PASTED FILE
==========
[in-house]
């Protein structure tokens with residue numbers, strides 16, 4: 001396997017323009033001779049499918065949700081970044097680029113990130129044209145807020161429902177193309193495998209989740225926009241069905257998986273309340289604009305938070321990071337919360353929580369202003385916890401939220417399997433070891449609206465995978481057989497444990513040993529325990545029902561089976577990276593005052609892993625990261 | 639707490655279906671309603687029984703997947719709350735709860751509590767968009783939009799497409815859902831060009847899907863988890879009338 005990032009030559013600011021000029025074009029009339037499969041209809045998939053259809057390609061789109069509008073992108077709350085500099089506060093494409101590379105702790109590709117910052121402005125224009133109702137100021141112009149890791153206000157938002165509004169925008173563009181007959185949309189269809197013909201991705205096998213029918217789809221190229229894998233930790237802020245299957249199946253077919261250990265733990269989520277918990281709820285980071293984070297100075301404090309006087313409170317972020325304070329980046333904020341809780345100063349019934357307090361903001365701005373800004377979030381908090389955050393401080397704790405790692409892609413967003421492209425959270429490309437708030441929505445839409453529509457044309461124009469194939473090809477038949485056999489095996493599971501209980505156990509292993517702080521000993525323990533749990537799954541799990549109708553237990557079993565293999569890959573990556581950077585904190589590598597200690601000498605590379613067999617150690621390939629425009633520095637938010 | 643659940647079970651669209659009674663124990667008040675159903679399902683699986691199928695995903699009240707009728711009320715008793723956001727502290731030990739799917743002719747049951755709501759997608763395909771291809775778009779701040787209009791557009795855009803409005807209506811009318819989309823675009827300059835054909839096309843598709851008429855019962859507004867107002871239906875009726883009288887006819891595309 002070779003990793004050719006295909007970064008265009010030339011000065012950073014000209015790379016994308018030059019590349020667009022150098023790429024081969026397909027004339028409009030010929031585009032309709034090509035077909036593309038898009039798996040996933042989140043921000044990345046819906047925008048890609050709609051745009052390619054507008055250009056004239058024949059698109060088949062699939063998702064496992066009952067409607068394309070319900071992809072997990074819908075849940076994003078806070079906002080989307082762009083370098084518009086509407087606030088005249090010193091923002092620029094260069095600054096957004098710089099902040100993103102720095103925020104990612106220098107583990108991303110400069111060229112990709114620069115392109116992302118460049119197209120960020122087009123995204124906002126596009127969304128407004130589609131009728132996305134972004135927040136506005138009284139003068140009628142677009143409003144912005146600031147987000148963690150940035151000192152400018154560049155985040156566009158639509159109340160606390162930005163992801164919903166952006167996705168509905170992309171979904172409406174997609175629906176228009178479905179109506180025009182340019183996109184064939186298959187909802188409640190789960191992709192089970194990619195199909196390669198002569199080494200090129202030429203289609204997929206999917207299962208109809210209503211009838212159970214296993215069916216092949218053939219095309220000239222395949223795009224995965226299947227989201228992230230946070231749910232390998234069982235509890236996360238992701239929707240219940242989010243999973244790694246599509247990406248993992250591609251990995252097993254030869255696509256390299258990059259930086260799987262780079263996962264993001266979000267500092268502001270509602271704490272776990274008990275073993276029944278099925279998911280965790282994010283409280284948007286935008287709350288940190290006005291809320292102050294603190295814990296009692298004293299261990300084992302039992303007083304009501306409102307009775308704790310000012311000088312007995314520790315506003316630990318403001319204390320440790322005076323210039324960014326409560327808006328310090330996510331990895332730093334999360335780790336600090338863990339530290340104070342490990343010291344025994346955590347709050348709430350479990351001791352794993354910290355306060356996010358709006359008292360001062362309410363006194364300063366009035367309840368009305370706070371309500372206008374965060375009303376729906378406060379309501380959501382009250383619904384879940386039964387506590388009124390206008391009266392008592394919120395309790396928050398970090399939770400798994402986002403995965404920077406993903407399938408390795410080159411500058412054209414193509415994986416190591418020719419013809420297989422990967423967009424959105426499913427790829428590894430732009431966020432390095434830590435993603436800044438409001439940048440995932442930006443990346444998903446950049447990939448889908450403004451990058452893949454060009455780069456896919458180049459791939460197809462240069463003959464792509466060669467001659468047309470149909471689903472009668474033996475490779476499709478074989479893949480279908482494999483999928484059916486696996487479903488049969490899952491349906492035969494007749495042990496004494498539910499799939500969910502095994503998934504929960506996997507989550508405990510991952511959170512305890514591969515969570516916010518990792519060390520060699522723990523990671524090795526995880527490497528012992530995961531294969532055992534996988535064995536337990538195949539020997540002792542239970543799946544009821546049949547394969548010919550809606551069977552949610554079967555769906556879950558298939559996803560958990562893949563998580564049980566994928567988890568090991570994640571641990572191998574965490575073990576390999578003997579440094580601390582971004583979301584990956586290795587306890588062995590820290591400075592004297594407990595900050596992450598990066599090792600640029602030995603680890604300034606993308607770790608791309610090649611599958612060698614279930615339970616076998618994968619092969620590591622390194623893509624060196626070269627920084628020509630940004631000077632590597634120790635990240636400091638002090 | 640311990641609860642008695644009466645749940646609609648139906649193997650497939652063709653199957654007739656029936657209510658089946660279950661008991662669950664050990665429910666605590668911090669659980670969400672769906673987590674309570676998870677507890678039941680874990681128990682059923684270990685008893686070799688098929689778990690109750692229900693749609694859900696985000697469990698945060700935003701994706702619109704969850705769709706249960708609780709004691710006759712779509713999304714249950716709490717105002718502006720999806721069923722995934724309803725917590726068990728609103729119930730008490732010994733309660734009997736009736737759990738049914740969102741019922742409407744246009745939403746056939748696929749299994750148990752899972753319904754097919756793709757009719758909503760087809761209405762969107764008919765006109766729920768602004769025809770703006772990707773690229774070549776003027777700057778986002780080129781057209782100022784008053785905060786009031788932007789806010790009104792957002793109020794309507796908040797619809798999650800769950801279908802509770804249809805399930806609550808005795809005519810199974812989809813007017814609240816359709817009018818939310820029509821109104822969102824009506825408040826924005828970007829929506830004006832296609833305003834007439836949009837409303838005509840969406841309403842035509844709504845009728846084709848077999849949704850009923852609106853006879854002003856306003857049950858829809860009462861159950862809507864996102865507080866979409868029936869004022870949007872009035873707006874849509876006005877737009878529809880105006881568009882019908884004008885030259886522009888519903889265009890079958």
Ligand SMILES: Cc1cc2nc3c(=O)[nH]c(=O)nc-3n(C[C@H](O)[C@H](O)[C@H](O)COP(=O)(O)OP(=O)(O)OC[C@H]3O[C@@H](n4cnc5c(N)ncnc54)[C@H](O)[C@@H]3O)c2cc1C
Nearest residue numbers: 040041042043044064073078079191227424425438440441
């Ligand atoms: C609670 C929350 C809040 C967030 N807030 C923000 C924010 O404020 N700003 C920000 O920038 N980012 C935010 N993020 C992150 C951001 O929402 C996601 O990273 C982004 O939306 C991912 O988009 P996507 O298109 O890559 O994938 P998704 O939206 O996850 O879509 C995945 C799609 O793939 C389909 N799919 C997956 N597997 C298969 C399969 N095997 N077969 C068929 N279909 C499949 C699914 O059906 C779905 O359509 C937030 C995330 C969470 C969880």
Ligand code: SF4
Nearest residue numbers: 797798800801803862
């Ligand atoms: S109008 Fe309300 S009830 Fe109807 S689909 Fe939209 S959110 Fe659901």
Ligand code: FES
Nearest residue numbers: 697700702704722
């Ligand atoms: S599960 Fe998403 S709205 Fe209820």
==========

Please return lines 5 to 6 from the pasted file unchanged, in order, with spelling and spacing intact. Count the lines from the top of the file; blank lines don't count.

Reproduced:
């Ligand atoms: C609670 C929350 C809040 C967030 N807030 C923000 C924010 O404020 N700003 C920000 O920038 N980012 C935010 N993020 C992150 C951001 O929402 C996601 O990273 C982004 O939306 C991912 O988009 P996507 O298109 O890559 O994938 P998704 O939206 O996850 O879509 C995945 C799609 O793939 C389909 N799919 C997956 N597997 C298969 C399969 N095997 N077969 C068929 N279909 C499949 C699914 O059906 C779905 O359509 C937030 C995330 C969470 C969880």
Ligand code: SF4